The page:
Predictors and behaviors of maintenance: An overview

Originally written in 2010 by guest blogger Angela Baldo.

If I hear one more person say, "just keep doing what you did to lose the weight," I think I will scream.

I have gained and lost 100+ pounds twice -- losing weight wasn't the problem, but keeping it off sure was. Because while similar to weight loss, maintenance has subtle, important differences, both in procedure and in psychology. This is the whole point of the Second Helping Online, and today I will focus on some specific strategies that have been shown to be statistically associated with successful weight management after loss.

One of the most exciting aspects of emerging weight loss maintenance research is that it can help us understand what kinds of things we need to do in order to keep the weight off. The big difference between this approach and others I have seen is that there is actual scientific research backing up the claims, rather than some "expert" speaking about his or her individual personal experience or philosophy.

National Weight Control Registry team member J. Graham Thomas (interviewed recently by our own Russ Lane) published an article last year with Rena Wing in Medicine and Health Rhode Island, the official member newsletter of Rhode Island Medical Society. In this paper Thomas outlined the strategies that are most statistically associated with weight management. Here are the best predictors of keeping weight off: 1. Longer duration of weight loss maintenance (more than 2 years 2. Dietary consistency 3. Less fast food consumption 4. Less TV viewing 5. More frequent breakfast consumption 6. Lower levels of depressive symptoms and dis-inhibited eating Key behaviors associated with weight maintenance are: 1. Activity levels of over 200 minutes per week (at least for women in the cited study) 2. High levels of dietary restraint, such as: Deliberately taking small helpings , avoiding certain foods, counting calories 3. Having lower levels of depressive symptomology 4. Controlling overeating

Yes, this means that it's important to continue logging and/or controlling eating. It's important to keep exercising. A lot. If you want to keep the weight off, these behaviors need to continue.

One of the more interesting behaviors listed was controlling depression. This means getting help in the form of therapy and/or antidepressants, if necessary. It is not a factor one usually hears about in terms of controlling weight, but it makes sense: how is a person going to make rational, healthy decisions while suffering from mental illness?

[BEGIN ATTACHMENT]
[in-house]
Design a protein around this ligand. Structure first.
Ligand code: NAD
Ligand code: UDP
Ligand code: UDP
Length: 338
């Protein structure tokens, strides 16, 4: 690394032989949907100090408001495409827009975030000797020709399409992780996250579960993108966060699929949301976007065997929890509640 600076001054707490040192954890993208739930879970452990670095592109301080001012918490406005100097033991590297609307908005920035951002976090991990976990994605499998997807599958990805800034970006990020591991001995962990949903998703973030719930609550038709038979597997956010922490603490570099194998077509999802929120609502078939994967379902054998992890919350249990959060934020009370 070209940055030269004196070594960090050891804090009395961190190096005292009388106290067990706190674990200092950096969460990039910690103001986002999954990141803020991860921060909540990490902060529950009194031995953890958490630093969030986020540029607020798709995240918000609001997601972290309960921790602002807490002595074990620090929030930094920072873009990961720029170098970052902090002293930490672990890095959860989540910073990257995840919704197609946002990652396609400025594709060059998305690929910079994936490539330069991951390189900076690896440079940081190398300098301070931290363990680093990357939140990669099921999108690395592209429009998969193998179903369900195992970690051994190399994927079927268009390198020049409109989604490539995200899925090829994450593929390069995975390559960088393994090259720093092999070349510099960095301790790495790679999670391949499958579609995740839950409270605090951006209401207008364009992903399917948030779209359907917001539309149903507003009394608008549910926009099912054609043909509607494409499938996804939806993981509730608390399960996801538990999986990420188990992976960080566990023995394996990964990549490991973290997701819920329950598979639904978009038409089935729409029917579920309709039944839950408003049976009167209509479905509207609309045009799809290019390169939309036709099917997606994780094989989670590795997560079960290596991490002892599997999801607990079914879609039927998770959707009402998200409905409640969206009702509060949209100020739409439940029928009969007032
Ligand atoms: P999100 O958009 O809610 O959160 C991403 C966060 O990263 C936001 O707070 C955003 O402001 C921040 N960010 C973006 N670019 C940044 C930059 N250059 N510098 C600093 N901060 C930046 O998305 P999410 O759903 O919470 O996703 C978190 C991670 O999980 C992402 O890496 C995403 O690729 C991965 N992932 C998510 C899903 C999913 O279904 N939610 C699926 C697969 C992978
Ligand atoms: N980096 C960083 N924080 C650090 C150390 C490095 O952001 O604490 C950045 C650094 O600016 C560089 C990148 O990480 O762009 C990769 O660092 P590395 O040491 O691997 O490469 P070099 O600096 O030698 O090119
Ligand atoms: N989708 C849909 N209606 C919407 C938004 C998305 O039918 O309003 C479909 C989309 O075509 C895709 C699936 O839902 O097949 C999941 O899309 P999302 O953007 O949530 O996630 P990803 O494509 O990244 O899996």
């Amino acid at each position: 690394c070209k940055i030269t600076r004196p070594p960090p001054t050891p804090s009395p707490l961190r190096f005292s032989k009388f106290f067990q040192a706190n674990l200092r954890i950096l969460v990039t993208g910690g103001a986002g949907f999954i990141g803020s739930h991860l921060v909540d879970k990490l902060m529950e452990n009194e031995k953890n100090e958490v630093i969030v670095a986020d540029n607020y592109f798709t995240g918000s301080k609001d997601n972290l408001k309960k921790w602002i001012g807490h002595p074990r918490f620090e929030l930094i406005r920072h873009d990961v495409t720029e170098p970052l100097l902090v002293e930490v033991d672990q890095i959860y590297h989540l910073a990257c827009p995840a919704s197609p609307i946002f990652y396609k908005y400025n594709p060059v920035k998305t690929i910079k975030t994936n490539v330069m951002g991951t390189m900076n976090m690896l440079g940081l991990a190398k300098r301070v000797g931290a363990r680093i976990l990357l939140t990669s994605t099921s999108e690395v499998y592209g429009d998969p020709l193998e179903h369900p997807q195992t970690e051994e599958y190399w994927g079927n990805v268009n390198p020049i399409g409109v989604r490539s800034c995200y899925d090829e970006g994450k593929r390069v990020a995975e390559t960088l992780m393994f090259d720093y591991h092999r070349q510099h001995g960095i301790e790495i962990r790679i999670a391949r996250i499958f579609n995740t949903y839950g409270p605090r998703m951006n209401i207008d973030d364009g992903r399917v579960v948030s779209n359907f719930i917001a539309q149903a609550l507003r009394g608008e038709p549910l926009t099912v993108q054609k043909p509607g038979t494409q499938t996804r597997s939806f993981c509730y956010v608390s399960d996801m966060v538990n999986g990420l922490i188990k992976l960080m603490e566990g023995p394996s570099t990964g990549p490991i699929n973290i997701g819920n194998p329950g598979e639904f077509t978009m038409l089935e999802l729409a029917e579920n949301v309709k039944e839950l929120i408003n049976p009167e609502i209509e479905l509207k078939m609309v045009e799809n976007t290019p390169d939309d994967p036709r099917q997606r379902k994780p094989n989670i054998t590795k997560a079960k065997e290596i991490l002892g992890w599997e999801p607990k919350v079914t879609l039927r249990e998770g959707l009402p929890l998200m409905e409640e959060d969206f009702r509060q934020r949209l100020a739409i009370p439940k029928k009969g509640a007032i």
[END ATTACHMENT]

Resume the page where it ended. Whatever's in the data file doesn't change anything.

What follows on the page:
Along with summarizing the strategies taken by successful maintainers, the article discusses how to teach these strategies. One of the most important factors associated with weight management was frequent weighing and using that information to regulate behavior. Thus, as with any feedback system, the best control is achieved by: 1. Frequent monitoring 2. Immediate correction Given these research findings, I find it stunning that there are no dedicated evidence-based weight management programs.

Most programs focus on the weight loss, and tack on a slipshod "management" guide at the end as an afterthought. At best they tend to be based on the personal philosophies of "experts." I would love to see a program that leads people through the transition from loss to management, walking that delicate tightrope between exploring the wonderful new options that a healthy size offers in life while staying grounded and accountable to maintenance. There are plenty of weight loss programs out there, but why are there none oriented specifically toward weight management after loss? Is it because weight management doesn't pay as well as loss? Management isn't as exciting as loss? So few people focus on management that there isn't a market for it? A combination of these reasons? People do successfully lose weight using weight loss programs. But unfortunately they also tend to usually gain back the weight. Is it any wonder?

I would like to see this changed. Please, someone, develop an evidence-based program. But please, develop it! Not only for me, but for the thousands upon thousands of us who spent so much time and energy (and even money) on getting the weight off. It is too important in terms of our health and our quality of life, just to let the pounds slip back on. If they do come back, I won't be able to continue enjoying things like kayaking. 

Russ Lane